A Holmes Beach resident is taking issue with the city over her neighbor’s dock.
But it appears the dispute will be decided in court or by the state, not the city.
In a Feb. 20 email to Mayor Judy Titsworth, Laurie Mock of Crestwood Lane said a dock built by her neighbor was improperly permitted and the boat and Jet Ski lifts encroach on her riparian rights.
Riparian rights are the interests of landowners that may attach to real property that connects to an adjacent body of water.
Mock wrote that a marine consultant looked at the property and said the dock, permitted by the city in November 2018, should not have been approved for construction.
She cited a section of the city code of ordinances that states, “No dock, wharf, pier, mooring piles, groins or other structures extending into or over waterways shall be erected or installed except upon issuance of a permit from the department of public works.”
Plans and permits from other agencies also must be obtained.
Additionally, she included a portion of the city land development code that states a dock and an access walkway must have a 25-foot setback from adjoining property lines — a requirement that Mock claims was ignored. She questioned in the email the qualifications of city staff to sign off on permits.
Holmes Beach Mayor Judy Titsworth responded Feb. 21 that she understands Mock has concerns with setbacks and work performed without a permit.
The mayor told Mock she would discuss the dock with the city planner.
Titsworth said she later spoke with Mock and suggested she speak with the dock owner prior to receipt of a March 18 email from Mock in which she asked Titsworth to provide a “determination in writing.”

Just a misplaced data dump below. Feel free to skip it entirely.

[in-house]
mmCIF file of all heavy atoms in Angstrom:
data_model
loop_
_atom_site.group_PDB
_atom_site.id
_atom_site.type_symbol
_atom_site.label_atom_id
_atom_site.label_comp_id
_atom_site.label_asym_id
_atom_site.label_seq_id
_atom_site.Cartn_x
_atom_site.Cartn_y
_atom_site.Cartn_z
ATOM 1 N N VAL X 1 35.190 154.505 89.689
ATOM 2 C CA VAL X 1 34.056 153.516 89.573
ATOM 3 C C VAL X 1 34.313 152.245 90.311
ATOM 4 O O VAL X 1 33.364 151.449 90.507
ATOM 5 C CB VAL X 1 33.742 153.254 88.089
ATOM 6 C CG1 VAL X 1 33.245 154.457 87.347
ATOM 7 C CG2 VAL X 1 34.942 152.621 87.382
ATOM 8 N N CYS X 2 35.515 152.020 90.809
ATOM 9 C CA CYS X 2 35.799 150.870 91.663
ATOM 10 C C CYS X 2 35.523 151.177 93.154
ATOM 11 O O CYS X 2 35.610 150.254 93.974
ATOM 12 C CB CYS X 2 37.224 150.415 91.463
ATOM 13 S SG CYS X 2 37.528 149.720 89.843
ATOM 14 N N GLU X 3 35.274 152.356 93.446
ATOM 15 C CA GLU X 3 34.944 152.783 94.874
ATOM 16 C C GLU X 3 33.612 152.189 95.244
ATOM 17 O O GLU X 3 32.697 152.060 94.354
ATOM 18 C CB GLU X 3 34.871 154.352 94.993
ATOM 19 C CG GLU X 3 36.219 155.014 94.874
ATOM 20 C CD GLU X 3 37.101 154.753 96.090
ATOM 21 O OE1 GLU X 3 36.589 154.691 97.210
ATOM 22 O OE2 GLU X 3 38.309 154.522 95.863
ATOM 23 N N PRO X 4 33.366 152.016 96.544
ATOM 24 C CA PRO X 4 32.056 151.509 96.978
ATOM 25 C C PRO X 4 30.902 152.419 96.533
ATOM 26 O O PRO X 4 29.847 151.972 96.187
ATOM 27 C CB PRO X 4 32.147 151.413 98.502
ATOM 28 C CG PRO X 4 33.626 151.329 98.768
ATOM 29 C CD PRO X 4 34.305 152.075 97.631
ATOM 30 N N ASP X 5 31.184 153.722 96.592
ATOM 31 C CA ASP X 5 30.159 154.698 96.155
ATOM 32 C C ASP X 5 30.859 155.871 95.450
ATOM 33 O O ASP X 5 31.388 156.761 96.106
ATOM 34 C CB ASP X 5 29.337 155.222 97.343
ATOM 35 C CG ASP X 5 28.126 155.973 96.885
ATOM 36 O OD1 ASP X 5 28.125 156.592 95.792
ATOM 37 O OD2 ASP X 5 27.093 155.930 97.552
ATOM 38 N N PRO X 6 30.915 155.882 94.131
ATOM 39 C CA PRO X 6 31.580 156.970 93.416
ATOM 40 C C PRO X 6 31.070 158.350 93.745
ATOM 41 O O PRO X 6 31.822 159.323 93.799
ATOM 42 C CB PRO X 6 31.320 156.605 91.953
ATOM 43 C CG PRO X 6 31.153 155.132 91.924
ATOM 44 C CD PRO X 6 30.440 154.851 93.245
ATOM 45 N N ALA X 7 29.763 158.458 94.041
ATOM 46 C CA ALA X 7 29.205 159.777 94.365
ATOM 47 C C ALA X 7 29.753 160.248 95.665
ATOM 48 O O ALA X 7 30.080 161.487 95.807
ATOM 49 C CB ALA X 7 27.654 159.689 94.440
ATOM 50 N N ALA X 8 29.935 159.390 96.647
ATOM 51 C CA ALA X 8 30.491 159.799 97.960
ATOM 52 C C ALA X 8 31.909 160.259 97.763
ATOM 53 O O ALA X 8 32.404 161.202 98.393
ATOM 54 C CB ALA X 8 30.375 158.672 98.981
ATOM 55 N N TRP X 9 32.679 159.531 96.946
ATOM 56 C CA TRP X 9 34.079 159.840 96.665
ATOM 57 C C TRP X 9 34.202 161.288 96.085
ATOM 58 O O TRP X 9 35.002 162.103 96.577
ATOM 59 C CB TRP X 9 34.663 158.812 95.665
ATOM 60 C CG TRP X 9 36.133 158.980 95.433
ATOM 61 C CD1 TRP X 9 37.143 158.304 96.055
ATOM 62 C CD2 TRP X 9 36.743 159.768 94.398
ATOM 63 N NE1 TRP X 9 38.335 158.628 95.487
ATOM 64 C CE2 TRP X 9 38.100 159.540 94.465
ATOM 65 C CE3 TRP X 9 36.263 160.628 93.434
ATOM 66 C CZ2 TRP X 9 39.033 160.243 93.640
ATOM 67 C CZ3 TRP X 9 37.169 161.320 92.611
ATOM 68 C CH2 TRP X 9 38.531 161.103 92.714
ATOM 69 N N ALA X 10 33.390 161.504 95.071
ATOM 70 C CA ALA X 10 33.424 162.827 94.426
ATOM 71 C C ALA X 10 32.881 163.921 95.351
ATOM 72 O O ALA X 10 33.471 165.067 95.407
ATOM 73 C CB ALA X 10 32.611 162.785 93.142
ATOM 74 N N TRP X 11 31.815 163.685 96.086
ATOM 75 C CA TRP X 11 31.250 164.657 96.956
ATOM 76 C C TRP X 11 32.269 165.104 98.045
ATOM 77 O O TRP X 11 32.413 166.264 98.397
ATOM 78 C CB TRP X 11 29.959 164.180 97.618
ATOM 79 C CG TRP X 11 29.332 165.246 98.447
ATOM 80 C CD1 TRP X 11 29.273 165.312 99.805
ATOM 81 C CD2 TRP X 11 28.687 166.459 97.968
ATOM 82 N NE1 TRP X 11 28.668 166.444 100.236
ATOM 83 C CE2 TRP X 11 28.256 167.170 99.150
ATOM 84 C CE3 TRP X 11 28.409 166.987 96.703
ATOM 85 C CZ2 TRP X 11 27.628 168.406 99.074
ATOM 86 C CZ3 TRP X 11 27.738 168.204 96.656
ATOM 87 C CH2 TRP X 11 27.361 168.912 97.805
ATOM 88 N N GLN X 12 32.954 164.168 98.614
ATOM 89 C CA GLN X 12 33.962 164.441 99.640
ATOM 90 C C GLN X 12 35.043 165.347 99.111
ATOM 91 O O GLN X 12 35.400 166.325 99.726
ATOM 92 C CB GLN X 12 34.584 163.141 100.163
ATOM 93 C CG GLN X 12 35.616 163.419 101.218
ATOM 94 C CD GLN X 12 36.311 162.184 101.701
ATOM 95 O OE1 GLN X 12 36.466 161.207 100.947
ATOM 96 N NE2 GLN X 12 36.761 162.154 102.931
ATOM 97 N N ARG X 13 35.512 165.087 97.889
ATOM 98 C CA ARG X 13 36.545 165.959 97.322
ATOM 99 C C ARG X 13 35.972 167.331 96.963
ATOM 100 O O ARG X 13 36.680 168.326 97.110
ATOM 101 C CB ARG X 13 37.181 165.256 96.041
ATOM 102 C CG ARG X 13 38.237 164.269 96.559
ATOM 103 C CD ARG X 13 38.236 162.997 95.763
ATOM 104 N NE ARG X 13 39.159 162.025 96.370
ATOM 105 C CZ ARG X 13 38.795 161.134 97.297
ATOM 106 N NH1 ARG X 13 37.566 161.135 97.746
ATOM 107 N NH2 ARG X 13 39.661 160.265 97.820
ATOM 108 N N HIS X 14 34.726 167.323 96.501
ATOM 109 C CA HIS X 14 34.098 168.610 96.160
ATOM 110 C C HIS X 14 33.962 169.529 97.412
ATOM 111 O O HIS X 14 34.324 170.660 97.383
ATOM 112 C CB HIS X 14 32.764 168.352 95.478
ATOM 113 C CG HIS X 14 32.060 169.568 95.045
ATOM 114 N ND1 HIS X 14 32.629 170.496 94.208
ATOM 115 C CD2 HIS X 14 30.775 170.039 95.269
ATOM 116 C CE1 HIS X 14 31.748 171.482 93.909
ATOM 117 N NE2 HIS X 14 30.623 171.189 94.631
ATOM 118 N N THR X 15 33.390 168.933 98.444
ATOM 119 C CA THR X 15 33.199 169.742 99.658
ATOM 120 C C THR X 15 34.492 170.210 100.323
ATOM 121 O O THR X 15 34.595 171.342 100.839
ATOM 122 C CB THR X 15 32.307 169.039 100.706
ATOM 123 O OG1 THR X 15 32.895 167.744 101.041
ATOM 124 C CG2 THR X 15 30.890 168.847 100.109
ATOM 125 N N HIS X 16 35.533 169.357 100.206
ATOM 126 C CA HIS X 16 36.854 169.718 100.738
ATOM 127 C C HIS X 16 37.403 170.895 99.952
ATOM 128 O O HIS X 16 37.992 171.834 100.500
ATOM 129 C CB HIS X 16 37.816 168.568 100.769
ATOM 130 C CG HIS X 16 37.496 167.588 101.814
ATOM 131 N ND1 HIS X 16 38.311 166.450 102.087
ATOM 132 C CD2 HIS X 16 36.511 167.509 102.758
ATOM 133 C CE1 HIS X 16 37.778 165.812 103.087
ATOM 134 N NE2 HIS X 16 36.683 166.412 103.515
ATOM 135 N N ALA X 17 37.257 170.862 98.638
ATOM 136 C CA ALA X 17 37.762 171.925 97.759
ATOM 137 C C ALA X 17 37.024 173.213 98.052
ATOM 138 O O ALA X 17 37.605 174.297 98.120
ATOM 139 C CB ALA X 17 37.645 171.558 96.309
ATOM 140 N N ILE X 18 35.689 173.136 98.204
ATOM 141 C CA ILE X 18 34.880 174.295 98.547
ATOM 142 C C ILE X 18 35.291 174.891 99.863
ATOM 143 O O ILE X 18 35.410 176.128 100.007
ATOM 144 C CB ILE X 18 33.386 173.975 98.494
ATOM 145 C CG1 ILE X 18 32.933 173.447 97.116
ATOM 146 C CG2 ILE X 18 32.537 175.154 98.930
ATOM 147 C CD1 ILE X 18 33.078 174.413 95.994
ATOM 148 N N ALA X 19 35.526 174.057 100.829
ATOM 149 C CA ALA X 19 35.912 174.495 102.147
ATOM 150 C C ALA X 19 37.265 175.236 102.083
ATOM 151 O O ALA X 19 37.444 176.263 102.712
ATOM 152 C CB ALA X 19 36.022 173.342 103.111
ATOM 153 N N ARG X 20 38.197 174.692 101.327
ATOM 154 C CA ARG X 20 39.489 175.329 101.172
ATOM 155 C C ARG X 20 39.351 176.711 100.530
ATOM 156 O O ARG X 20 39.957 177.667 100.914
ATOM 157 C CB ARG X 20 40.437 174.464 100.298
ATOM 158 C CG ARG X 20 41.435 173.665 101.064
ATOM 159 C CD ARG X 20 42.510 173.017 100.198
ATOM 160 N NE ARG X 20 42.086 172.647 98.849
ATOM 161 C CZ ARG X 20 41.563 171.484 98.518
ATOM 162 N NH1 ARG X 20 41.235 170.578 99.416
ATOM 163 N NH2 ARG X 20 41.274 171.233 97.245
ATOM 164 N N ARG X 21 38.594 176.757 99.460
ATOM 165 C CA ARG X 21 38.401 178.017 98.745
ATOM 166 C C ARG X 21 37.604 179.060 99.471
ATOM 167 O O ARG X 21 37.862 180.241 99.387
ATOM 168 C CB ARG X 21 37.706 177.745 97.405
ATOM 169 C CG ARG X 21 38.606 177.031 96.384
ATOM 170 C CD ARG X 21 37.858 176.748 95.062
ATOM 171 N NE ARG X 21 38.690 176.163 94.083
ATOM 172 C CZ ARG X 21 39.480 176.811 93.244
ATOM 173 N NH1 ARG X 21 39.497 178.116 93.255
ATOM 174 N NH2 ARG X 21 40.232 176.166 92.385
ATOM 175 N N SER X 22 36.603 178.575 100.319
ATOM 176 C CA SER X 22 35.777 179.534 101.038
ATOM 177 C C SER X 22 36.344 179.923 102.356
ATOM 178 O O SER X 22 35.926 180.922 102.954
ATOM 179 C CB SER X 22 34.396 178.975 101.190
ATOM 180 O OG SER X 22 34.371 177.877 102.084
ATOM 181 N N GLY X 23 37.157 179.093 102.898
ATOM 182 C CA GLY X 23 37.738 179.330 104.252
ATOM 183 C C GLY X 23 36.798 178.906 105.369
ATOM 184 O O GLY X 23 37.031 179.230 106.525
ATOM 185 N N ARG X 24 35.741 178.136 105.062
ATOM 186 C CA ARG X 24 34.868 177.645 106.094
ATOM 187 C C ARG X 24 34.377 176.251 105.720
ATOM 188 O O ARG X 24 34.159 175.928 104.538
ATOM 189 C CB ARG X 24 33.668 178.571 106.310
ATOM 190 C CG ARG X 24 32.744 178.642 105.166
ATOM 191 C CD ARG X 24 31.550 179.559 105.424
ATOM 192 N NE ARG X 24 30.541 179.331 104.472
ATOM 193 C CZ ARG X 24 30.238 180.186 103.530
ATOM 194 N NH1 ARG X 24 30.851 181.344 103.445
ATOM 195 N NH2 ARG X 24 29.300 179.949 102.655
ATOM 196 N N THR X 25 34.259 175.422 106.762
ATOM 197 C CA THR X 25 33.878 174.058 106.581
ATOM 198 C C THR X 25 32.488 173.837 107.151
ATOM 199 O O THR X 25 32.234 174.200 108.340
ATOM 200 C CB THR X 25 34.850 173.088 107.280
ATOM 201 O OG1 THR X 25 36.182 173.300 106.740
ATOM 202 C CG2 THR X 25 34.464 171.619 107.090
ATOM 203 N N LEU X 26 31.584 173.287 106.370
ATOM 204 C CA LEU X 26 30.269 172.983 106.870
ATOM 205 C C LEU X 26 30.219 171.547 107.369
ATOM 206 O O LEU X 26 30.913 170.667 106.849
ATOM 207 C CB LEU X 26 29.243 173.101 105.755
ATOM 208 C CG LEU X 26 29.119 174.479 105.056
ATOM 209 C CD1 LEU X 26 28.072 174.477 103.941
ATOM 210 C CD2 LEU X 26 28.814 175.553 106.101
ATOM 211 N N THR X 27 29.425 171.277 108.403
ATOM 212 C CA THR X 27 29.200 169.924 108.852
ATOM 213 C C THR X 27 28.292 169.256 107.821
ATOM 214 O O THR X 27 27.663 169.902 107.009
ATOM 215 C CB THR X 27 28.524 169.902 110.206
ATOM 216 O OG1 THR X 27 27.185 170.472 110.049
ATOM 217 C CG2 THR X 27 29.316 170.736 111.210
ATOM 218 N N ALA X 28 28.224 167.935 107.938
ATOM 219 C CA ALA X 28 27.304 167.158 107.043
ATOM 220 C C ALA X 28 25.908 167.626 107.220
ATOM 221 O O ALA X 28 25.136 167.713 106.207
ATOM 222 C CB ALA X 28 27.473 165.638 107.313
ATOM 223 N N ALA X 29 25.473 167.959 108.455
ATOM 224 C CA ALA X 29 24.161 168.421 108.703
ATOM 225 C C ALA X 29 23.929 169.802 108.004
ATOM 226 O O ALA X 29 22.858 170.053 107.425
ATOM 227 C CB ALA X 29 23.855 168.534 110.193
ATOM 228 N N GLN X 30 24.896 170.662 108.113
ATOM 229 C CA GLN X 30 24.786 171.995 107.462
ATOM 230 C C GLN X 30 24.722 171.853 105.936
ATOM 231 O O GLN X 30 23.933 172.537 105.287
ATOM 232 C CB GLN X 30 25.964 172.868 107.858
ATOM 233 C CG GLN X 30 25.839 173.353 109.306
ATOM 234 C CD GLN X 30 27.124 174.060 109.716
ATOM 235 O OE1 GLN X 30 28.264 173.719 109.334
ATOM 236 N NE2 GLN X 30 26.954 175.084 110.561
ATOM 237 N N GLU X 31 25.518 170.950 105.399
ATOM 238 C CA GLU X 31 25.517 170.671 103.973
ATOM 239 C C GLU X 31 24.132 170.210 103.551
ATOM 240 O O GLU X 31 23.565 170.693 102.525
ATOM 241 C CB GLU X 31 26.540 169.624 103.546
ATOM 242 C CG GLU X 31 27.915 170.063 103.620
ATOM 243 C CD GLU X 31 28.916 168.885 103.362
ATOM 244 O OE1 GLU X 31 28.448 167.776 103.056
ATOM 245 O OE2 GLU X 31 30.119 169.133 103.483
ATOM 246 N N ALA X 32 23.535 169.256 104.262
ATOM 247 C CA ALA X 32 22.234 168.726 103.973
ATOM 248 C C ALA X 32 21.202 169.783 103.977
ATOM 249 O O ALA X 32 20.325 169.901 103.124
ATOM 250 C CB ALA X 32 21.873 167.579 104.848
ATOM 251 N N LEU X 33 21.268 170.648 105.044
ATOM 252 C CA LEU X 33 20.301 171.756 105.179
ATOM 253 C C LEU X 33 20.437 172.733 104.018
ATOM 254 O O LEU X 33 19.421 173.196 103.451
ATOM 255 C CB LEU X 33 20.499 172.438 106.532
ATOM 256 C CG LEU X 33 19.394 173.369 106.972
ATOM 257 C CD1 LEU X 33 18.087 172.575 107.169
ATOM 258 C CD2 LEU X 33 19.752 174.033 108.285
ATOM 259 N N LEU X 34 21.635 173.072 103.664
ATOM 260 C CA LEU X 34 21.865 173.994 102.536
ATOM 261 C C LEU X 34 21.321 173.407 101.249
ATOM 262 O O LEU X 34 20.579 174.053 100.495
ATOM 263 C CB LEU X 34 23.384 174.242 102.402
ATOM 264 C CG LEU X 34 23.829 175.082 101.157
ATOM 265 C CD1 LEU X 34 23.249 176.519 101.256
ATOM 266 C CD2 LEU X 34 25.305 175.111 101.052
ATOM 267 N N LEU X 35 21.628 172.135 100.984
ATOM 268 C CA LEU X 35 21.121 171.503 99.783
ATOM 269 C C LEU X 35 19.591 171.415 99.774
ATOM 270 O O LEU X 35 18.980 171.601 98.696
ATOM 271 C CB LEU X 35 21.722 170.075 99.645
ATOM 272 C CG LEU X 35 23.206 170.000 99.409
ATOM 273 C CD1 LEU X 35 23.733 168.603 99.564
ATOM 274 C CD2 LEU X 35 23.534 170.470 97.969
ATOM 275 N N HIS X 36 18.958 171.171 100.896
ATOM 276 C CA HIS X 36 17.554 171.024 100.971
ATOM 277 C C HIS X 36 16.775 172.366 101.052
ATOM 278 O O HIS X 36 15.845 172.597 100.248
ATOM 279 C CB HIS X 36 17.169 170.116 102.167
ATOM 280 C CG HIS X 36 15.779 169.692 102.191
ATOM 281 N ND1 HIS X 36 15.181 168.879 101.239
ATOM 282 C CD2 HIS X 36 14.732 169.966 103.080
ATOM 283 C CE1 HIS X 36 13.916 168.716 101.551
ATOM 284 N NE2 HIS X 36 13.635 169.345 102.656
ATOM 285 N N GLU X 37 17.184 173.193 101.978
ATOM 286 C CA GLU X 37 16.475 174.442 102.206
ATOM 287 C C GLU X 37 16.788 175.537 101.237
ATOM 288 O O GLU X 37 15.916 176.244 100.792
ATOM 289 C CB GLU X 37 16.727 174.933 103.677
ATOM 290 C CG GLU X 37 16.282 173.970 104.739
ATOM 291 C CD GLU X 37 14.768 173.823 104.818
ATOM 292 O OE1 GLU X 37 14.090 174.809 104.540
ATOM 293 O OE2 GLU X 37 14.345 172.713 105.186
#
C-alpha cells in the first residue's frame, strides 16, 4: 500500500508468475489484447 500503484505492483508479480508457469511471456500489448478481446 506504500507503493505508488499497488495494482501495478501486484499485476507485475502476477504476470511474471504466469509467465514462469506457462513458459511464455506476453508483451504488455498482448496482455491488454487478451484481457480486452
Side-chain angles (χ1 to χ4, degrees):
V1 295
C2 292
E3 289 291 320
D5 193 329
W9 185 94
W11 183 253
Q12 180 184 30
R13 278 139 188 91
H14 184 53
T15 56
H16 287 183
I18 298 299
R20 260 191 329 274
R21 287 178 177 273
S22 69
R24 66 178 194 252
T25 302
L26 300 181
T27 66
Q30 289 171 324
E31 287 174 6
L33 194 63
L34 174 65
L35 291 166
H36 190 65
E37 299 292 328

Manatee County property records show the owners of 604 Crestwood Lane are Mary and Carmine Stella. The Islander was unable to reach them for comment.
Titsworth responded that day that she was not sure what Mock required since the final inspection occurred and the project is completed.
“Please, let us know once you hear from your riparian survey provider,” Titsworth wrote.
The mayor also inquired about whether Mock was able to talk to the neighbor about moving the lifts to the other side of their dock.
Titsworth asked to alert her of any determination by the Florida Department of Environmental Protection after its inspection and, she replied, yes, the building official — who resigned March 18 — was qualified to sign permits.
Mock wrote March 19 that Titsworth’s response was “very very concerning.” She questioned city planner Bill Brisson’s experience dealing with riparian rights and said she wants a determination in writing “of the improper approval of the dock and lift at 604 Crestwood Lane.”
Mock questioned the ability of city leaders to govern.
In a March 21 interview with The Islander, Titsworth said she told Mock the city’s jurisdiction stops at the seawall and riparian line dispute is with her neighbor.
“My thought is, why are we issuing the permit for Florida outstanding waterways?” Titsworth asked.
The mayor questioned whether the DEP exempted a permit in state waters. She also noted that riparian lines can vary depending on the surveyor.
The underwater land could be state land or it could be deeded to the property owners.
Mock submitted a survey of the setbacks by Leo Mills and Associates to the city.
“They pay for their surveys and go to court and the judge makes the determination,” Titsworth said.
Titsworth said, in the meantime, she awaits the DEP dock inspection report.